Trulssonv.Southern Pacific Co.

Court of Appeal of California, First District, Division OneJul 26, 1919
42 Cal.App. 404 (Cal. Ct. App. 1919)

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Civ. No. 2853.

July 26, 1919.

APPEAL from a judgment of the Superior Court of Santa Clara County. P. F. Gosbey, Judge. Affirmed.

The facts are stated in the opinion of the court.

John D. Willard and E. A. Douthitt for Appellant.

Louis Oneal, James P. Sex and Roy G. Hildebrand for Respondent.


This is an appeal from a judgment in the defendant's favor after the granting of a motion for nonsuit at the close of the plaintiff's case.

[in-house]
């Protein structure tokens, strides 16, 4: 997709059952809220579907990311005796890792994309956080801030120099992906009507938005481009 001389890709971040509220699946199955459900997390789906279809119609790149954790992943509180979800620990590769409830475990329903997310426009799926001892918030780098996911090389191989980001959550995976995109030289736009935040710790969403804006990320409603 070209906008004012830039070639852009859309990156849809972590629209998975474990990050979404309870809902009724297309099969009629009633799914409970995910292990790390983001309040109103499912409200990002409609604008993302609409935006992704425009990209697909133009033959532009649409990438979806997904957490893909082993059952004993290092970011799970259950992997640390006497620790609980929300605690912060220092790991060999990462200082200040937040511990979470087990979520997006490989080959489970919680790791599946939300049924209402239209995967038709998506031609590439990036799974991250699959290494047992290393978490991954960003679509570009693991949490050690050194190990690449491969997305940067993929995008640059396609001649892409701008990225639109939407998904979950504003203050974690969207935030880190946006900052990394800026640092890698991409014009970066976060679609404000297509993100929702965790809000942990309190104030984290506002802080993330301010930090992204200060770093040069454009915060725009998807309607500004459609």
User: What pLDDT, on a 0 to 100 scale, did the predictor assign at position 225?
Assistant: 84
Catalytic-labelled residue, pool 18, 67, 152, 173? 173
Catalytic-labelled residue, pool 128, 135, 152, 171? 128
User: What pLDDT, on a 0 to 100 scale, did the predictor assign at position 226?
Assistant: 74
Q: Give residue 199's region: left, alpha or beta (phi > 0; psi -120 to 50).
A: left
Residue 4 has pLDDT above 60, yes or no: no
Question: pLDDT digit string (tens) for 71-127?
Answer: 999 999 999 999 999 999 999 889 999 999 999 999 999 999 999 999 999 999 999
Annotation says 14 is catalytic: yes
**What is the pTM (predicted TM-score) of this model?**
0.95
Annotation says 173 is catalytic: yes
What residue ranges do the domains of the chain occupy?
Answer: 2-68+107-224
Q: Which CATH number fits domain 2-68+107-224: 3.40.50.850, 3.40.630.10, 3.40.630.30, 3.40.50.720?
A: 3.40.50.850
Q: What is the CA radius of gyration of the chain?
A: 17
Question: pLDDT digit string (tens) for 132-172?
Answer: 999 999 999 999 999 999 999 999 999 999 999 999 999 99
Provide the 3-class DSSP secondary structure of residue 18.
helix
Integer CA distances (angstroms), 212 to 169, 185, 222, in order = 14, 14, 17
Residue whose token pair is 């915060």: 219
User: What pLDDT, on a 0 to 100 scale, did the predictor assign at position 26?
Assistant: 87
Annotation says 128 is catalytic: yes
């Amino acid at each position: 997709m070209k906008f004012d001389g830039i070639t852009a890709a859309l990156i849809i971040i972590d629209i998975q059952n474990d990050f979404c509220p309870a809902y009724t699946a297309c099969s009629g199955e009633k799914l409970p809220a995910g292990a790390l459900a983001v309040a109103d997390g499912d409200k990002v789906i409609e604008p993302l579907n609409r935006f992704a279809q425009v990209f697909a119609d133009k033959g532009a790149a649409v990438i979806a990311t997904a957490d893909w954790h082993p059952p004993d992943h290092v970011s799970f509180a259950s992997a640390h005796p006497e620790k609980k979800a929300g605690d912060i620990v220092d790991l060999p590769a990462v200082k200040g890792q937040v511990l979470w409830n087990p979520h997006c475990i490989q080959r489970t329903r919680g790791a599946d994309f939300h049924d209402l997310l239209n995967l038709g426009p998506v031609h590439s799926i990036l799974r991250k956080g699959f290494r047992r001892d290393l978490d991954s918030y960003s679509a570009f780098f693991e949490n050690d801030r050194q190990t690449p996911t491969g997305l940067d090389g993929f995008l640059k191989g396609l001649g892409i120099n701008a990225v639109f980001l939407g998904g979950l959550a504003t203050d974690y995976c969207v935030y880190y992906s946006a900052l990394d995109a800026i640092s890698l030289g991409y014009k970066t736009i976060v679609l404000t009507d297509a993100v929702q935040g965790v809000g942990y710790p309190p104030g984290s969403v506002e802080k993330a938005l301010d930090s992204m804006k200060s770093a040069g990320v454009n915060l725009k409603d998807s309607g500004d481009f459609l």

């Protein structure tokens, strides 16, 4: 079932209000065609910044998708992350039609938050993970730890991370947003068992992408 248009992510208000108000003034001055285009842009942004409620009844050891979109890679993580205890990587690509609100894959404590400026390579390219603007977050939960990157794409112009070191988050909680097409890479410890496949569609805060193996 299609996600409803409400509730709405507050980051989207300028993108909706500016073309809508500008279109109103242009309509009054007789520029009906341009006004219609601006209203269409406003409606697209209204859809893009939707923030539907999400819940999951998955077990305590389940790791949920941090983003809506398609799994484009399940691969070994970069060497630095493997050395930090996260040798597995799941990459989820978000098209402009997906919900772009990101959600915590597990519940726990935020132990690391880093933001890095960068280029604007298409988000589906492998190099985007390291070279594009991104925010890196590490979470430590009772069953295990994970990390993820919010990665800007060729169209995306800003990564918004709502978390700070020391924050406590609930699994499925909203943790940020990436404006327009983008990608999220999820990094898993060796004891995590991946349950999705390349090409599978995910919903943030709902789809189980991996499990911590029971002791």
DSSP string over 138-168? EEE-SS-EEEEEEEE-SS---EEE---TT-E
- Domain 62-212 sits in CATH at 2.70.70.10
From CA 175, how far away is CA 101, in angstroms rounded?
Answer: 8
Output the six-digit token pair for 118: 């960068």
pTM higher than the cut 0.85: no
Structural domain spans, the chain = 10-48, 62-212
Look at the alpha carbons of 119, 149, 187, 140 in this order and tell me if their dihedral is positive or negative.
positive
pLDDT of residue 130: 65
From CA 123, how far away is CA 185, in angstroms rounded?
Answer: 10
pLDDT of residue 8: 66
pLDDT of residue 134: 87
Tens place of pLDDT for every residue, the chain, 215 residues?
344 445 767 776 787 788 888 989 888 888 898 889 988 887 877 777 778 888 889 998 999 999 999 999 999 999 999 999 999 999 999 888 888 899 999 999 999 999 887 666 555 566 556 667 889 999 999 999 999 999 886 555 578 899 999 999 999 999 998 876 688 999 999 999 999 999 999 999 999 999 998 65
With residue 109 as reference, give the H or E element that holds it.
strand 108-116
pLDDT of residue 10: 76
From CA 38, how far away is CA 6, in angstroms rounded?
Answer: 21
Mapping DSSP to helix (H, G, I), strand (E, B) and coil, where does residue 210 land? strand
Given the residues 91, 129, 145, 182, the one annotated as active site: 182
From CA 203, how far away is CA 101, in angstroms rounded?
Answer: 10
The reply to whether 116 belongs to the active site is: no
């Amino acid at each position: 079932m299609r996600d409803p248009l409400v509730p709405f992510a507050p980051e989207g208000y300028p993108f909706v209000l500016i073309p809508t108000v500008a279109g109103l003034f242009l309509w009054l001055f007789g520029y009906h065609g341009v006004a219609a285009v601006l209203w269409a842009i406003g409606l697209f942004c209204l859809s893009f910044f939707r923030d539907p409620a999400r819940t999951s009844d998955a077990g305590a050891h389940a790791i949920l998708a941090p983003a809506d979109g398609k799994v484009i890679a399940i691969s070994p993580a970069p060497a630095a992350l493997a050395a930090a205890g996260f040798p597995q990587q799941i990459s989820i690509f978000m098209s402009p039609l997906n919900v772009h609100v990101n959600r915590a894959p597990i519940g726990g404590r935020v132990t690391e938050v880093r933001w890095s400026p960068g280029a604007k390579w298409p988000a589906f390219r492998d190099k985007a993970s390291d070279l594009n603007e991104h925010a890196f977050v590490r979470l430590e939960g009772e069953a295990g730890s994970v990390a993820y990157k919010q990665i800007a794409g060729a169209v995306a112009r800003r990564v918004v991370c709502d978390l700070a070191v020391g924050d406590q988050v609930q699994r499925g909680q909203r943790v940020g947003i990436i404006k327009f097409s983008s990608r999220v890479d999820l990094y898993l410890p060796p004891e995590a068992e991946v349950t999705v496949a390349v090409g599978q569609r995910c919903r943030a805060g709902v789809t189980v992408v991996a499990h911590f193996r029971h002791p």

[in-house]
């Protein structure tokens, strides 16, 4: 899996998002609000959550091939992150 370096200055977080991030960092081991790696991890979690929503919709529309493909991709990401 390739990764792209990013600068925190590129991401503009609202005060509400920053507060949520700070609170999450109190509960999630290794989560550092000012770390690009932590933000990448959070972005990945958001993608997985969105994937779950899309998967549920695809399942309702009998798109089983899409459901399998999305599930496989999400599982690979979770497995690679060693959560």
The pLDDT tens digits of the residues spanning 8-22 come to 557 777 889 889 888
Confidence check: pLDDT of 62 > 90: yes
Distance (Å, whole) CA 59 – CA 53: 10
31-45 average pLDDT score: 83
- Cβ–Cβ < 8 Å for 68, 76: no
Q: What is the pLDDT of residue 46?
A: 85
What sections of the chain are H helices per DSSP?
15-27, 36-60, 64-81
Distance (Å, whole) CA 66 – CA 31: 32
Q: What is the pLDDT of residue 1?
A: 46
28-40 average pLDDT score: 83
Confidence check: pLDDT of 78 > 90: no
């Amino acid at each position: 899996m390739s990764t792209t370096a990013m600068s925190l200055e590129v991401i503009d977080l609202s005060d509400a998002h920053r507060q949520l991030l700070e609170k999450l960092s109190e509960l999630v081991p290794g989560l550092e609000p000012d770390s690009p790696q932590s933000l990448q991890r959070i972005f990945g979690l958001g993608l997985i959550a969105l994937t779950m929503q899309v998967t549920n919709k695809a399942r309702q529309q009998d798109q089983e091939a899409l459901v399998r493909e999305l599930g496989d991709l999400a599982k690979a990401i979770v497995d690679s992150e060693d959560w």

The action was one to recover damages for injuries sustained by the plaintiff through the alleged negligence of the defendant. The facts of the case are these: The plaintiff, who at the time of the injuries complained of was, and for a period of between two and three years prior thereto had been, a resident of Palo Alto, had, on the thirteenth day of March, 1917, purchased a commutation-ticket book which entitled him to a first-class daily passage upon the trains of the defendant to San Francisco and return. Thereafter and up to the 21st of March, 1917, the plaintiff had made six trips between said points upon his commutation-book. On the last-named date, at about 4 o'clock P. M., the plaintiff presented himself as a passenger at the San Francisco depot of the defendant and exhibited his book to the gatekeeper at one of the then open gateways which were there maintained leading to outgoing trains. The gatekeeper admitted him and the plaintiff boarded a train then loading with passengers; and apparently about to start on the way to his desired destination. The train presently started, the conductor began his round collecting tickets, the plaintiff presented to him his book, from which the conductor took one of the tickets representing that day's trip without comment, and returned the book. The plaintiff presently noticed that the train was not stopping at stations to take on or discharge passengers, and inquired of a brakeman the reason thereof, by whom he was then informed that the first stop of that particular train was at San Jose, which was about twenty miles beyond Palo Alto. Plaintiff thereupon demanded that the train be stopped at the Palo Alto Station and that he be let off there. The brakeman referred him to the conductor, upon whom he made the same demand. The conductor refused to stop the train at the passenger depot at Palo Alto for the reason that the train, being a through train, was not scheduled to stop at Palo Alto. The plaintiff's commutation-book of tickets contained the following provision: "It is hereby understood that if this book is used on a train that does not stop at destination of coupons the holder will detrain at some point short of destination of coupons, or, if he elects to travel beyond such destination, he will pay conductor ticket fare from such destination to point at which he detrains." The plaintiff, however, still insisting upon being let off at the Palo Alto Station, the conductor finally consented to stop the train in the switch and freight yards, about one thousand two hundred feet beyond the regular station at Palo Alto, and allow the passenger to alight there. This he did; and the plaintiff, going at the conductor's request to the rear platform of the train, alighted on the west side of the train, which immediately moved off. The place where the plaintiff thus left the train was about fifty yards south of Forest Avenue at the point where it crosses the defendant's tracks. There was a smooth and traveled pathway leading along the side of the track from the point where the plaintiff alighted back to the Palo Alto Station, but otherwise the ground within the switch-yards was graveled and rough, and the rails stood their width above the ties so as to render walking across the tracks difficult. There is some question as to whether the plaintiff noticed the traveled walk leading back to the station but whether or not he did so he did not wish to go that way, but rather to cross obliquely to the east side of the several tracks of the defendant in order to reach Forest Avenue at that point on his way to his home, which was to the eastward of the point where he had alighted from the train. While so proceeding obliquely across the rough ground and raised rails of the defendant's switch-yards he was struck by a north-bound train of the defendant coming swiftly upon an adjacent track to that on which the former train was departing, without giving warning of its approach. For the injuries thus inflicted he brought this action.